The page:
This culture was also important to Europeans and many of the residents
of NYC were of recent European descent and took this seriously.
Certainly it was a small percentage of the total population, but it
seemed to be a large percentage of the people I ran into. There were
many of us from ABC-TV who would patronize the arts. It was fantastic
working two blocks from Lincoln Center.
My local camera store owner would go to Carnegie Hall on a regular basis
and enjoyed all the Heifetz recordings and had a cousin who was an
aspiring violinist. He would tell everyone who entered his shop about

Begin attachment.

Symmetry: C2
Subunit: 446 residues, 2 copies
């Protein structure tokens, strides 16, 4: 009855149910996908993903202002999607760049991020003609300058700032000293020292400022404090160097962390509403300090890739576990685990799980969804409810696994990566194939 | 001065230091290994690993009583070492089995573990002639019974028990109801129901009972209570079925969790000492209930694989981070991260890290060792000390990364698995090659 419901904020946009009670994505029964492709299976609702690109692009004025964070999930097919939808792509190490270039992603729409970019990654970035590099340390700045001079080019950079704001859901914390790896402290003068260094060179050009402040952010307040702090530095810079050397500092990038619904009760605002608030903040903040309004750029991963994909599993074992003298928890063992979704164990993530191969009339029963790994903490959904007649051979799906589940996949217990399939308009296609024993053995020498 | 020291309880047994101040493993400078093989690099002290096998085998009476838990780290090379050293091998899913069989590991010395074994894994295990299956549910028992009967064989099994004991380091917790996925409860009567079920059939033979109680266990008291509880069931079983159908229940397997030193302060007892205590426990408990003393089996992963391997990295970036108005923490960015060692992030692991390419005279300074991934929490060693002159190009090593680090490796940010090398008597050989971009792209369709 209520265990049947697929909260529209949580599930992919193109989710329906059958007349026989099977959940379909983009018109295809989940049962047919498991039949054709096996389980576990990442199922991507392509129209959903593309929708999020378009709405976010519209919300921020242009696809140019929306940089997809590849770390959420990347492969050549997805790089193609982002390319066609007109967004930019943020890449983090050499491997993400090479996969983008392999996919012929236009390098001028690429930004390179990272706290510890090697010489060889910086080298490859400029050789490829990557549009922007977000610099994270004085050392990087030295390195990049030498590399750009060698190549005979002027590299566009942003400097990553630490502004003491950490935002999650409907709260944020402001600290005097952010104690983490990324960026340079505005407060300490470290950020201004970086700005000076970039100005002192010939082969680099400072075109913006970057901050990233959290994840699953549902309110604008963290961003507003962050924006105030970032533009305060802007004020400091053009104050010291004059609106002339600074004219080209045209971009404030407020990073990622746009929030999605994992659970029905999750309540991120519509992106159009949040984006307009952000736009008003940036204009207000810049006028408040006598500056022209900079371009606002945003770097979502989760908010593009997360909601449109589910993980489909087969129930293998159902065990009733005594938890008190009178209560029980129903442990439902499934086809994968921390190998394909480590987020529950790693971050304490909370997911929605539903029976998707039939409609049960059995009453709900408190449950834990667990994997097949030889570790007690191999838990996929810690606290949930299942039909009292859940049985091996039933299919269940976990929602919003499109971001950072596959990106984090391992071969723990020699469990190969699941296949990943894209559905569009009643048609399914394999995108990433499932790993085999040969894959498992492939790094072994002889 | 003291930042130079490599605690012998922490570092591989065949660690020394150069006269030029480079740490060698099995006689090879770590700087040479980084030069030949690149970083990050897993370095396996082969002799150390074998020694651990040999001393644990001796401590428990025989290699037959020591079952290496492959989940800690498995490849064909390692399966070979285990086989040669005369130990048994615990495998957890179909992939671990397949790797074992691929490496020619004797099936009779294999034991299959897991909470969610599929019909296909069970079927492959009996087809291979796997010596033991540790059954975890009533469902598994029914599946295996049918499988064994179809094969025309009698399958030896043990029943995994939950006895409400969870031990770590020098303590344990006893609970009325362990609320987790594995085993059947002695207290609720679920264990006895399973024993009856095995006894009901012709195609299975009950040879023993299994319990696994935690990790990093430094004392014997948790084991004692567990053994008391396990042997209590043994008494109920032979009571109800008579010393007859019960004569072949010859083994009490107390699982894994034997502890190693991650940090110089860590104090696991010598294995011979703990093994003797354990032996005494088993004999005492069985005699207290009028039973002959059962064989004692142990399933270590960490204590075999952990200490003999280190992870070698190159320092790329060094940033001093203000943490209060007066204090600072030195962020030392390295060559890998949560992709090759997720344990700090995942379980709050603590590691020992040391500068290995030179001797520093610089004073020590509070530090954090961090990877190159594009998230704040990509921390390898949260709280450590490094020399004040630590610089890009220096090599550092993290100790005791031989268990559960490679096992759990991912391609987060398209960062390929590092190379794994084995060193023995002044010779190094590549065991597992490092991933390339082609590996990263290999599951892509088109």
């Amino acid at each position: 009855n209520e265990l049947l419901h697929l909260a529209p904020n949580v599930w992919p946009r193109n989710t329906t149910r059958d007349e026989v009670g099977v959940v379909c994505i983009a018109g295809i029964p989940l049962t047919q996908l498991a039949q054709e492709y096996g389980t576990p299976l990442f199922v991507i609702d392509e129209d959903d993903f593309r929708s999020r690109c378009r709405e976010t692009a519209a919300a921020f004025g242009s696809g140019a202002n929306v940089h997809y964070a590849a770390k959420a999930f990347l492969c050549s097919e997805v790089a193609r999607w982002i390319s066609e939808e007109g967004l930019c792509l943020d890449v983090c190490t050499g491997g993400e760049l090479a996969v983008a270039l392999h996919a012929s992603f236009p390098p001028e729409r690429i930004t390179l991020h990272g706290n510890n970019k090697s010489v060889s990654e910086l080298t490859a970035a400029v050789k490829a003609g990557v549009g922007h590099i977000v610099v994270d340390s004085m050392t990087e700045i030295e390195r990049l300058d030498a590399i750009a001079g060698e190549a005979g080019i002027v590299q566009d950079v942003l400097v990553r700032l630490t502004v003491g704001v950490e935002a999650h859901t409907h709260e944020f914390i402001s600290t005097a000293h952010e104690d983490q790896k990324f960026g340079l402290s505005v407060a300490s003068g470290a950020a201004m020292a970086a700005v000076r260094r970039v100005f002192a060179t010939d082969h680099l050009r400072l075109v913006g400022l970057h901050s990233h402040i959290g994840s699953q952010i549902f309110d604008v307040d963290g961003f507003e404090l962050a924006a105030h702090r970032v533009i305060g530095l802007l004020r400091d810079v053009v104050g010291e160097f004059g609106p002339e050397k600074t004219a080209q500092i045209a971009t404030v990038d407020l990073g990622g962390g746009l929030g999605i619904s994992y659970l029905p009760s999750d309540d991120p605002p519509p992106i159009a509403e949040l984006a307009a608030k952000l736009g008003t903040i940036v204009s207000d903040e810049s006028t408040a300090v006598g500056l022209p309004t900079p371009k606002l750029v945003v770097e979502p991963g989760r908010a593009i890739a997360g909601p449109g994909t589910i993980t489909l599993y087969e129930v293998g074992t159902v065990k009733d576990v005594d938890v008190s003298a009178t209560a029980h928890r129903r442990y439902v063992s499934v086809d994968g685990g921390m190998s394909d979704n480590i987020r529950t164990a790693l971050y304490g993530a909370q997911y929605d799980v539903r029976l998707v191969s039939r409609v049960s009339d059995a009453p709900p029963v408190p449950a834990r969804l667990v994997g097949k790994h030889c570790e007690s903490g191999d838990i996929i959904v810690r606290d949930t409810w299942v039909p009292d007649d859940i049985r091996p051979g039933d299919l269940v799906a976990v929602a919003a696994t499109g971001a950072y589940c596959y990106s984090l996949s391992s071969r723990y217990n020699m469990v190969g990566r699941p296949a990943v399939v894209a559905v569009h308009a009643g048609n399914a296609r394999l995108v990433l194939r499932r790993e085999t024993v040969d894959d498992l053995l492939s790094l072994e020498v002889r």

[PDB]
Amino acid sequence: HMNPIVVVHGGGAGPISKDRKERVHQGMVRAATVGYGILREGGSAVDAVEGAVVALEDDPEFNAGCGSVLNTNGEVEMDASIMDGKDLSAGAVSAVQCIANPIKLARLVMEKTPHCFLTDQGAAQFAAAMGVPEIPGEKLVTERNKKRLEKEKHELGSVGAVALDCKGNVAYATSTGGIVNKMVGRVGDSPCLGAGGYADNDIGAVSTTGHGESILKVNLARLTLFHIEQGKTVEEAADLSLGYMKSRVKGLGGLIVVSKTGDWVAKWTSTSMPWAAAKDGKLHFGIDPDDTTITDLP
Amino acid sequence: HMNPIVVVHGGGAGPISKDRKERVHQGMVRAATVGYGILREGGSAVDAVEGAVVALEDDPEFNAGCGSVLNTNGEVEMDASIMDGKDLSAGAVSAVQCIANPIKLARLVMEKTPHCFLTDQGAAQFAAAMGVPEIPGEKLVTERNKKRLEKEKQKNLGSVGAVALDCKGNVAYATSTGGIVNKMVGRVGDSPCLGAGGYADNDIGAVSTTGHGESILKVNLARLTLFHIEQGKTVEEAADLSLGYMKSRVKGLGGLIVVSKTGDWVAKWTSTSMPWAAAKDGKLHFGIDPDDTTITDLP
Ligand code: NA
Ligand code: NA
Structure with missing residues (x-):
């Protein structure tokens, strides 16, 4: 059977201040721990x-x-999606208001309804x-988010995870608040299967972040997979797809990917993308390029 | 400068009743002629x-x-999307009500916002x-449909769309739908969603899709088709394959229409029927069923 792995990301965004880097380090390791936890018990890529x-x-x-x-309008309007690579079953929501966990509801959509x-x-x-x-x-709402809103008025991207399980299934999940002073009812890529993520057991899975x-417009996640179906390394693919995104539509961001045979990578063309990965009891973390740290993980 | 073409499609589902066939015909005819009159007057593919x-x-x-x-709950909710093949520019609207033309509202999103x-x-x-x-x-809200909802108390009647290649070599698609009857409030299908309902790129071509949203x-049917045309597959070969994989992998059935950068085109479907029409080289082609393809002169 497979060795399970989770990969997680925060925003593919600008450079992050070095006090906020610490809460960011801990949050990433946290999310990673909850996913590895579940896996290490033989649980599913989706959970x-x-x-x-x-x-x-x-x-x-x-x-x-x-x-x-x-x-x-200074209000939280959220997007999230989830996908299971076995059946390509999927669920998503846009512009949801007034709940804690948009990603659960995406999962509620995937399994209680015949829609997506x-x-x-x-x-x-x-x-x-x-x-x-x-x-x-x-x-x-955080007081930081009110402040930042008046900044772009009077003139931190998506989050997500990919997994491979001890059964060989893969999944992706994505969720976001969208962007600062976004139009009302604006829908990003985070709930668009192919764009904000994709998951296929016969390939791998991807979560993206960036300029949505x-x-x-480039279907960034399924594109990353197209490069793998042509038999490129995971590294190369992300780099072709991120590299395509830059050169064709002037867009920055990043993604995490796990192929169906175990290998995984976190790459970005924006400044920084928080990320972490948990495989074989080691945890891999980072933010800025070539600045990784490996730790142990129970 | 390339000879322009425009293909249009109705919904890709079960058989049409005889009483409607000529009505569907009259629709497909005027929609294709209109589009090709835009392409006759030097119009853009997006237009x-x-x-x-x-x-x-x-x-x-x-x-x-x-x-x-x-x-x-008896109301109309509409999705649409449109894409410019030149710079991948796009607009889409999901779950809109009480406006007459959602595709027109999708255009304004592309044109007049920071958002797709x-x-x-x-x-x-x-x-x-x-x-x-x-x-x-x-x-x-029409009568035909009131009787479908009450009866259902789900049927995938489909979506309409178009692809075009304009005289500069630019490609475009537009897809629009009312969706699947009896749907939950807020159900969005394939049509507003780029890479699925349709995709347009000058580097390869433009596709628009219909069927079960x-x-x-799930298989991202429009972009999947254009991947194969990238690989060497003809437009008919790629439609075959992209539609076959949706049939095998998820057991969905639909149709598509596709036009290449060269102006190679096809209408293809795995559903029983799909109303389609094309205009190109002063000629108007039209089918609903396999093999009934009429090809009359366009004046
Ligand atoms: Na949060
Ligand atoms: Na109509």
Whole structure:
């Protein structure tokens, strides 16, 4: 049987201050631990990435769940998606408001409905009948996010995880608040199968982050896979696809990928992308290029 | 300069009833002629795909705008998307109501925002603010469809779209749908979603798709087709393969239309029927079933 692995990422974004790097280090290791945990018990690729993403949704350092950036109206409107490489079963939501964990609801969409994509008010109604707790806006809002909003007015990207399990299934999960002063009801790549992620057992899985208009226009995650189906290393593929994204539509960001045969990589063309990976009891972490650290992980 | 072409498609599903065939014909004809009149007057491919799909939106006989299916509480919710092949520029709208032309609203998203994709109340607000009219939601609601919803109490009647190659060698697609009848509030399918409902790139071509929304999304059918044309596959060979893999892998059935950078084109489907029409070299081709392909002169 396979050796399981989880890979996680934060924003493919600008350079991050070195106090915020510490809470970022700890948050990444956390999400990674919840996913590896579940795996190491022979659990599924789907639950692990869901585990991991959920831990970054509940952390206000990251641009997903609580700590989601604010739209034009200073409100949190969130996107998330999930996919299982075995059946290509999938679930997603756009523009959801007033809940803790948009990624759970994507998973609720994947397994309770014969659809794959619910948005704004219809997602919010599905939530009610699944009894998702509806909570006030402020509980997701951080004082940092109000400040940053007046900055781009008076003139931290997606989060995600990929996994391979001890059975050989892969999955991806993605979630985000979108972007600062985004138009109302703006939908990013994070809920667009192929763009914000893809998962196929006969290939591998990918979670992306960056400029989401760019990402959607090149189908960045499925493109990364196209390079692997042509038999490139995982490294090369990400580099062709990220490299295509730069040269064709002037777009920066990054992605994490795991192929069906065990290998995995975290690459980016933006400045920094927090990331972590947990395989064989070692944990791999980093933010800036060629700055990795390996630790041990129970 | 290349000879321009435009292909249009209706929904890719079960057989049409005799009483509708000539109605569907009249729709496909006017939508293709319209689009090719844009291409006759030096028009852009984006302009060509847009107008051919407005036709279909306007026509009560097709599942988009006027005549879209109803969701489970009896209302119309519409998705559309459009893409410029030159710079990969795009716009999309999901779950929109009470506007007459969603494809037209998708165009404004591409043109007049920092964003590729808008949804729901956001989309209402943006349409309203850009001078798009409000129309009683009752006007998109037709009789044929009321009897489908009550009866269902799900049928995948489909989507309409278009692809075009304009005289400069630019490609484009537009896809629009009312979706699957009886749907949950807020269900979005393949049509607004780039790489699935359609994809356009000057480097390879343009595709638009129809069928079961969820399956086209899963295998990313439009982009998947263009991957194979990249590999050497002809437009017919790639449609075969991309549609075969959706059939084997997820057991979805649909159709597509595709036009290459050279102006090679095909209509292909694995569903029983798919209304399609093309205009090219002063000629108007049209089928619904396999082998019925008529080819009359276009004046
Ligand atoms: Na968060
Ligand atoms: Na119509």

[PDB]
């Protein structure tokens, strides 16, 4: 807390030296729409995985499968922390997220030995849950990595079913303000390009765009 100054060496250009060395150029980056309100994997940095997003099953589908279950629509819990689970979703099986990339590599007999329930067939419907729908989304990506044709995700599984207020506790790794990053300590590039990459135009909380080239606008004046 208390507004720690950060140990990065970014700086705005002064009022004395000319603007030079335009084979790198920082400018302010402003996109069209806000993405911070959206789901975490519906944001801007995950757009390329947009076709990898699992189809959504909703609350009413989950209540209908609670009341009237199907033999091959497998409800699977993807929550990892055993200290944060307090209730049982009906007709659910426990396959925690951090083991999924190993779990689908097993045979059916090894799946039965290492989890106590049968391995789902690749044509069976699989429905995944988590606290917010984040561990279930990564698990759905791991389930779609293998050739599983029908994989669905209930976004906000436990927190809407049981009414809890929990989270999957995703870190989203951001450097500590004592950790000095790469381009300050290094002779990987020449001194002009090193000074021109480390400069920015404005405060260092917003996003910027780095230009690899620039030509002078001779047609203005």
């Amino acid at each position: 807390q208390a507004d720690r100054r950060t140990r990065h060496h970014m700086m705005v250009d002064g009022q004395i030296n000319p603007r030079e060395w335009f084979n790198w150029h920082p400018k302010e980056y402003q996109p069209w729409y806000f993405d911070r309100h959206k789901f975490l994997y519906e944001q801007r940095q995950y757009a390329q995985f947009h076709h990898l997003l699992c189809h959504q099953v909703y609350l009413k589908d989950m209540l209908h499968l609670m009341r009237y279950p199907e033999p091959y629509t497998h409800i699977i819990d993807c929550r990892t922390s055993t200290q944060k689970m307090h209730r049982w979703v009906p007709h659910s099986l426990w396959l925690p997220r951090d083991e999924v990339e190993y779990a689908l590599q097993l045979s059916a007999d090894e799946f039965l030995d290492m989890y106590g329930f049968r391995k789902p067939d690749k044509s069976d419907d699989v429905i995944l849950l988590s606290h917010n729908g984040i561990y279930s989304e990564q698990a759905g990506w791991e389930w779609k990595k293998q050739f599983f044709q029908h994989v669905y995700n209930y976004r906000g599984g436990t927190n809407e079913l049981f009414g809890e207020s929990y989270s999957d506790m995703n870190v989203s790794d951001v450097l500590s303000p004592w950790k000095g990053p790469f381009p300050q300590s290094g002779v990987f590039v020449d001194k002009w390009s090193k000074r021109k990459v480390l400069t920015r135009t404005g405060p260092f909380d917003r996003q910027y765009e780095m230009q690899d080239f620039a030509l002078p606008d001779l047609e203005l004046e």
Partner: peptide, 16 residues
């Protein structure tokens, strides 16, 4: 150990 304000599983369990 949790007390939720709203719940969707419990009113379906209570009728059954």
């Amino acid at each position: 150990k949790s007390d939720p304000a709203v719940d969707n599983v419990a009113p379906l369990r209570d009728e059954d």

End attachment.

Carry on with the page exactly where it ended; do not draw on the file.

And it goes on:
hearing this or that double concerto last night.
Louis Teicher, for example, who was involved in Columbia Records and/or
CBS Radio in music supervisory position, was also a major supporter and
board member of the Great Neck Symphony Orchestra.
I went to (and stayed) at St. Thomas Church on Fifth Avenue for their
superlative music and cut my teeth recording there. The preaching was
good, too. This gorgeous structure helped kindle my increased desire to
experience and understand gothic architecture.
All of this seemed to be a self-fulfilling loop in NYC and since all
three networks were headquartered there, it seems that was also part of
the culture that was driving the networks. How long did Texaco sponsor
the Metropolitan Opera broadcasts? 40 years?
There is a similar lively music scene in Toronto, but I am out in the
boonies of Aurora and don't participate. People who live in the city do.
I did not grow up with the CBC, but it certainly was promoting what we